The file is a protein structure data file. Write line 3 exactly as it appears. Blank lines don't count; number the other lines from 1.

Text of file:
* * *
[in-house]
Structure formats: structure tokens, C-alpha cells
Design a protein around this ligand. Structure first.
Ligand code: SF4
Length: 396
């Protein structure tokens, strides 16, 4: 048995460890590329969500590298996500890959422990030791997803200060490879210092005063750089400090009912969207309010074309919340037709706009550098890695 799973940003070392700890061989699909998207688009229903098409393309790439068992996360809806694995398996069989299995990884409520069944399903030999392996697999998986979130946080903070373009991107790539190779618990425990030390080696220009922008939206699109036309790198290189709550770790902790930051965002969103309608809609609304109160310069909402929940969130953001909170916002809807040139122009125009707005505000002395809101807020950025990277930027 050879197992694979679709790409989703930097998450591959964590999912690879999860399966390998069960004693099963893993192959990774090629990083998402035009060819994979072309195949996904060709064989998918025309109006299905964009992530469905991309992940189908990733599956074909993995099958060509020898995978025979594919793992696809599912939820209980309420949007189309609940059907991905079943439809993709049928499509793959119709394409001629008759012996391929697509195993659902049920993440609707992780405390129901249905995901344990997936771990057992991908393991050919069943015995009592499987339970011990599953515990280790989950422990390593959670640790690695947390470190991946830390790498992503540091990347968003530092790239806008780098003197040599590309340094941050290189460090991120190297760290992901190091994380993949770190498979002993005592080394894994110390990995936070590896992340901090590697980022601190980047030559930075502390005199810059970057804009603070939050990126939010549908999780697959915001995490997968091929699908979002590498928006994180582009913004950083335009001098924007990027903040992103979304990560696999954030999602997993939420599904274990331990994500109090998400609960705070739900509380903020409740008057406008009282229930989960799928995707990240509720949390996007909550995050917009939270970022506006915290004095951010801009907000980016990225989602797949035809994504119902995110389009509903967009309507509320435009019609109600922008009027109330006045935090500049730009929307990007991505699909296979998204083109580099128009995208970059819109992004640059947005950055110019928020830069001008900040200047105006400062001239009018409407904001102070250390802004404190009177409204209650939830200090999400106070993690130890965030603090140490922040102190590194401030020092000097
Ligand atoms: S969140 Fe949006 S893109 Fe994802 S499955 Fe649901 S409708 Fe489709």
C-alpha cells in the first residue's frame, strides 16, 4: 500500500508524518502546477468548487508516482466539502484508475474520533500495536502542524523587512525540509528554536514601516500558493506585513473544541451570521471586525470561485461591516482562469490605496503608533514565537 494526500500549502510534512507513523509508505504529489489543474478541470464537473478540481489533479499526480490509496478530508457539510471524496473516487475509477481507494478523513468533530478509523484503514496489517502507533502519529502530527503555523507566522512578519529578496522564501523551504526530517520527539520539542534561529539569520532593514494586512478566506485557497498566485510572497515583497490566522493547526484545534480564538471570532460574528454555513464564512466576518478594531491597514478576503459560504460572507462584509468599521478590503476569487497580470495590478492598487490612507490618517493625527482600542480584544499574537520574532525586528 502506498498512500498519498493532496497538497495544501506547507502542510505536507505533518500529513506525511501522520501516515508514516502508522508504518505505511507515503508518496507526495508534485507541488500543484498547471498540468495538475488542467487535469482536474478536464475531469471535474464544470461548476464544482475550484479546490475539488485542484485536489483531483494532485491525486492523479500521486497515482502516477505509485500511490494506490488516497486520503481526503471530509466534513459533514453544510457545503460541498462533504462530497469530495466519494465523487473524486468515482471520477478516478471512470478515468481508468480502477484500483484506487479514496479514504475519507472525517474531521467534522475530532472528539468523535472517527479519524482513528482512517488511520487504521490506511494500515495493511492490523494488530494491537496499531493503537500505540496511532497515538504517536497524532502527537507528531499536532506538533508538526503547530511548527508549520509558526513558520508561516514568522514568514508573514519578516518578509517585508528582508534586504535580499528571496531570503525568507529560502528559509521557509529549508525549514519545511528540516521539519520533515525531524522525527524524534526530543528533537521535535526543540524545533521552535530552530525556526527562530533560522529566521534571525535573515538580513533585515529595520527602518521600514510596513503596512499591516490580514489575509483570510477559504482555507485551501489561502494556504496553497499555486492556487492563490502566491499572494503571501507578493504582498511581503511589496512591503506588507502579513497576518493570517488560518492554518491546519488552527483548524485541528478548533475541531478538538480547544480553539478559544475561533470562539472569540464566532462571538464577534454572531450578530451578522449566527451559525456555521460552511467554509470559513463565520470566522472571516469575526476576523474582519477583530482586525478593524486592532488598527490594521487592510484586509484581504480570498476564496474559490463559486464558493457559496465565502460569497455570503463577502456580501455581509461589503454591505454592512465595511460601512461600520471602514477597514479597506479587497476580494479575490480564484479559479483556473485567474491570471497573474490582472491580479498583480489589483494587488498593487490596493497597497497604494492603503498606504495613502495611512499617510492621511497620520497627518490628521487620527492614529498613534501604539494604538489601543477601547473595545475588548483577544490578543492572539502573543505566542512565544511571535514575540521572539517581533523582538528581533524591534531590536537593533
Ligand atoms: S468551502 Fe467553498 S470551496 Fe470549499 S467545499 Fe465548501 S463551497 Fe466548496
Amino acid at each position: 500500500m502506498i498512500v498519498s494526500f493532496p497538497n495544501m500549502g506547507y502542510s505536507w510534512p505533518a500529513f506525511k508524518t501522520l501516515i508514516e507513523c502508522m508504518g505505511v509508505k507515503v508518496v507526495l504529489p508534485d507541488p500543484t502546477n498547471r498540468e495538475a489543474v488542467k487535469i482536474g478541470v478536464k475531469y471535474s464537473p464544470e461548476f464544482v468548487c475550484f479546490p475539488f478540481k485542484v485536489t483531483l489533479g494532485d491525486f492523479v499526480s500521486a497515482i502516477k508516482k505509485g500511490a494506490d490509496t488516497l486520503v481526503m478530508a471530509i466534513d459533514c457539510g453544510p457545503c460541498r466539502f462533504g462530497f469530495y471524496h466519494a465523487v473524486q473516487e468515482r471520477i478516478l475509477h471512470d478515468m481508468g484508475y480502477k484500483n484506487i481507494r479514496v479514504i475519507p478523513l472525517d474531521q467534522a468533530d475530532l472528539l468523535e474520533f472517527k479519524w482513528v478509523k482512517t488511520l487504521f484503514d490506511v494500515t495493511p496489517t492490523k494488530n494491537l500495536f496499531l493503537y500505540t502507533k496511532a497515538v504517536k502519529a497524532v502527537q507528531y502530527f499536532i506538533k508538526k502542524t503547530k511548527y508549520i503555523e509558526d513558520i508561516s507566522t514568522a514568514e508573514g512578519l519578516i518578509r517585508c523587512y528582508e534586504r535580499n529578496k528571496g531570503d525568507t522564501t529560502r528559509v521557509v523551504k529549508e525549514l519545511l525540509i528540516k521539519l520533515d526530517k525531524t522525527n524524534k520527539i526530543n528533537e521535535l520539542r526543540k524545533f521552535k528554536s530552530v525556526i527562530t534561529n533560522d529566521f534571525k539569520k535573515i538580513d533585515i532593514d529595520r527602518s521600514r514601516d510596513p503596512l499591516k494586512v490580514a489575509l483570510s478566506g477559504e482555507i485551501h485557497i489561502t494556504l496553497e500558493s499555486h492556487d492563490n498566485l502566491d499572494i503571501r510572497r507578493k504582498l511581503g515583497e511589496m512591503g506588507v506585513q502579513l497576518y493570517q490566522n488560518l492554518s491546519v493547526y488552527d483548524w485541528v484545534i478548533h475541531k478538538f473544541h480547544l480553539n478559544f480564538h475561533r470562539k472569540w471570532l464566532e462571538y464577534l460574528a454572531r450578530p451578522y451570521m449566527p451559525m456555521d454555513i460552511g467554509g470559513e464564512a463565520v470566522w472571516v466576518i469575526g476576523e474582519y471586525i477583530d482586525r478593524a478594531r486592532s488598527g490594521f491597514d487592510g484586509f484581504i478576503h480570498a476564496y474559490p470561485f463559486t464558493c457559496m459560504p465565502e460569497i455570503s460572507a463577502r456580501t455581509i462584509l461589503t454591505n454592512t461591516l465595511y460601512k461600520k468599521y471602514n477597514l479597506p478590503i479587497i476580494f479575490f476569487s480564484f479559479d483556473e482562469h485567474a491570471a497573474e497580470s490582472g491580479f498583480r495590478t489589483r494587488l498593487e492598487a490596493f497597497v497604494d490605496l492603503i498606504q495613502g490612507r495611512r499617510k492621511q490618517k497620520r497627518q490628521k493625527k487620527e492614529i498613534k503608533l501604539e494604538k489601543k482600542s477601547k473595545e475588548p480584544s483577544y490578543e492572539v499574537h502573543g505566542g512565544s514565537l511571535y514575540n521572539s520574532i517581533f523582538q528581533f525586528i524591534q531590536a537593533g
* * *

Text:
Design a protein around this ligand. Structure first.